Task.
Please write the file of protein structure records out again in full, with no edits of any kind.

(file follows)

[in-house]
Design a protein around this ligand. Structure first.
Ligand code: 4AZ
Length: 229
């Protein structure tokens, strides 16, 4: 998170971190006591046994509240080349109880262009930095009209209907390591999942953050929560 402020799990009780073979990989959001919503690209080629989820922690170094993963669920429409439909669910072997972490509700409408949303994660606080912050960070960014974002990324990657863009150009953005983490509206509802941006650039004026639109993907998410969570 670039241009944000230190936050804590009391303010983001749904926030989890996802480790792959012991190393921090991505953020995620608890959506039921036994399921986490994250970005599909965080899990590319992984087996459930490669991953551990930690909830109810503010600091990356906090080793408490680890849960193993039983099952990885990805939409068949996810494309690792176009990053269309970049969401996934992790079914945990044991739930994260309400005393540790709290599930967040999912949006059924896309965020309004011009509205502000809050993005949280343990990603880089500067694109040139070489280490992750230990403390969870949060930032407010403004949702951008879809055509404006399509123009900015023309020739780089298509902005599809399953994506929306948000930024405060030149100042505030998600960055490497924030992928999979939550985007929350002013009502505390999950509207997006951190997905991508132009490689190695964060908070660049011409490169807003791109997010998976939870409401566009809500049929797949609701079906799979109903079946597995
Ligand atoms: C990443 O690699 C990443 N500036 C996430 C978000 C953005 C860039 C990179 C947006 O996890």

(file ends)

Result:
[in-house]
Design a protein around this ligand. Structure first.
Ligand code: 4AZ
Length: 229
């Protein structure tokens, strides 16, 4: 998170971190006591046994509240080349109880262009930095009209209907390591999942953050929560 402020799990009780073979990989959001919503690209080629989820922690170094993963669920429409439909669910072997972490509700409408949303994660606080912050960070960014974002990324990657863009150009953005983490509206509802941006650039004026639109993907998410969570 670039241009944000230190936050804590009391303010983001749904926030989890996802480790792959012991190393921090991505953020995620608890959506039921036994399921986490994250970005599909965080899990590319992984087996459930490669991953551990930690909830109810503010600091990356906090080793408490680890849960193993039983099952990885990805939409068949996810494309690792176009990053269309970049969401996934992790079914945990044991739930994260309400005393540790709290599930967040999912949006059924896309965020309004011009509205502000809050993005949280343990990603880089500067694109040139070489280490992750230990403390969870949060930032407010403004949702951008879809055509404006399509123009900015023309020739780089298509902005599809399953994506929306948000930024405060030149100042505030998600960055490497924030992928999979939550985007929350002013009502505390999950509207997006951190997905991508132009490689190695964060908070660049011409490169807003791109997010998976939870409401566009809500049929797949609701079906799979109903079946597995
Ligand atoms: C990443 O690699 C990443 N500036 C996430 C978000 C953005 C860039 C990179 C947006 O996890």